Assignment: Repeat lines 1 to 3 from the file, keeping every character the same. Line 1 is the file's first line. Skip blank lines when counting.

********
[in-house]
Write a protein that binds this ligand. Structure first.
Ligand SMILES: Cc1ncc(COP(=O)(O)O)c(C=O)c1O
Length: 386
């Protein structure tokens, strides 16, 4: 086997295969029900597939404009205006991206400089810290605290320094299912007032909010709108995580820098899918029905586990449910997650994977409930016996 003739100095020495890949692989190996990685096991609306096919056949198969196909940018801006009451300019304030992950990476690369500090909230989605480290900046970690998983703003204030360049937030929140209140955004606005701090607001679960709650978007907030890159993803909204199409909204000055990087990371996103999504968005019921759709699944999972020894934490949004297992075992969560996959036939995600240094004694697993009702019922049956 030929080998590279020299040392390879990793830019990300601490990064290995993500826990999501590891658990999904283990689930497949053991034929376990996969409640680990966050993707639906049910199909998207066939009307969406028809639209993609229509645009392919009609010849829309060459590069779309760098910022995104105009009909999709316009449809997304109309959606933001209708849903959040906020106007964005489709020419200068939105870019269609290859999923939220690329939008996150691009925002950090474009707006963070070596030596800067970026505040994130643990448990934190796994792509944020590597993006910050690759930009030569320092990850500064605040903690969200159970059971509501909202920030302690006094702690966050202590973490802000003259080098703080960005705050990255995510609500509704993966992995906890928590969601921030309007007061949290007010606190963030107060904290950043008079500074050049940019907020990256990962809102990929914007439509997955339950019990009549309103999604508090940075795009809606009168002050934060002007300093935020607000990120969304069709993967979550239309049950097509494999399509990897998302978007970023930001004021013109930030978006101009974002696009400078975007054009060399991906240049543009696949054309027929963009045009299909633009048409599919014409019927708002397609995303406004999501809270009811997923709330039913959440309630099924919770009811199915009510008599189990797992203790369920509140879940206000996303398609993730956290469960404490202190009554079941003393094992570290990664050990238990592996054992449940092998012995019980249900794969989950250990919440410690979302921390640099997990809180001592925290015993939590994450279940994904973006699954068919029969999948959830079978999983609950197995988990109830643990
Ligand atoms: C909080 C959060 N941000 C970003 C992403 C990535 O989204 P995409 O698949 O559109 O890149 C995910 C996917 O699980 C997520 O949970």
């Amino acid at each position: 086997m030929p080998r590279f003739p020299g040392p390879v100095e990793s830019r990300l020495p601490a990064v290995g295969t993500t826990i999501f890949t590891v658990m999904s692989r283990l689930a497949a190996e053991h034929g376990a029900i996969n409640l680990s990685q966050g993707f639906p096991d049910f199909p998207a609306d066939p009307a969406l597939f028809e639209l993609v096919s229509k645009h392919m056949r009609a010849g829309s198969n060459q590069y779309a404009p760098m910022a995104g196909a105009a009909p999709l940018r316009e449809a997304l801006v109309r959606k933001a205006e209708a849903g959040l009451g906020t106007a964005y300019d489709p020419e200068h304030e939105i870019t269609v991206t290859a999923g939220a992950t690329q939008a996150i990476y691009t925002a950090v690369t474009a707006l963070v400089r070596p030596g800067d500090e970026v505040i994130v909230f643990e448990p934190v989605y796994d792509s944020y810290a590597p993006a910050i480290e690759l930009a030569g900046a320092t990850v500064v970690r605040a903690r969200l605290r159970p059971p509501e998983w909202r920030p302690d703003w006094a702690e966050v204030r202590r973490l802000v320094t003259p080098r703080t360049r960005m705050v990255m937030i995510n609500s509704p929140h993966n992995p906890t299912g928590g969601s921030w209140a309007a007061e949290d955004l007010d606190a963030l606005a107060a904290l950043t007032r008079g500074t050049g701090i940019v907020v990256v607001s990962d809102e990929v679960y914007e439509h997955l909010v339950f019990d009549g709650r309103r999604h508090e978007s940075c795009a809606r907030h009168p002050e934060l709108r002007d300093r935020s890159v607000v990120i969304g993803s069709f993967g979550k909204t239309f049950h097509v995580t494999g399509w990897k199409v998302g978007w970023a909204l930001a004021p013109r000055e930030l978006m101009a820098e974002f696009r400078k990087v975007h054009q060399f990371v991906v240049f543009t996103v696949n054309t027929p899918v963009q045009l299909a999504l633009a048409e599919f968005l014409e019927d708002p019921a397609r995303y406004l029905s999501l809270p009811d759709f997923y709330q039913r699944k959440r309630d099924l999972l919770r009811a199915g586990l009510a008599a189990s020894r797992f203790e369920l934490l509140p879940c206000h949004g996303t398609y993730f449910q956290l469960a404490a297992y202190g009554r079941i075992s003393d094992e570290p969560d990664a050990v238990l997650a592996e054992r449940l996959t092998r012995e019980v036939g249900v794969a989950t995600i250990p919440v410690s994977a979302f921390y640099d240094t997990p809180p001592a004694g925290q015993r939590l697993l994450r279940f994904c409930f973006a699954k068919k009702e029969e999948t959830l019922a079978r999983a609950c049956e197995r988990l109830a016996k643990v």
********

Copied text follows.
[in-house]
Write a protein that binds this ligand. Structure first.
Ligand SMILES: Cc1ncc(COP(=O)(O)O)c(C=O)c1O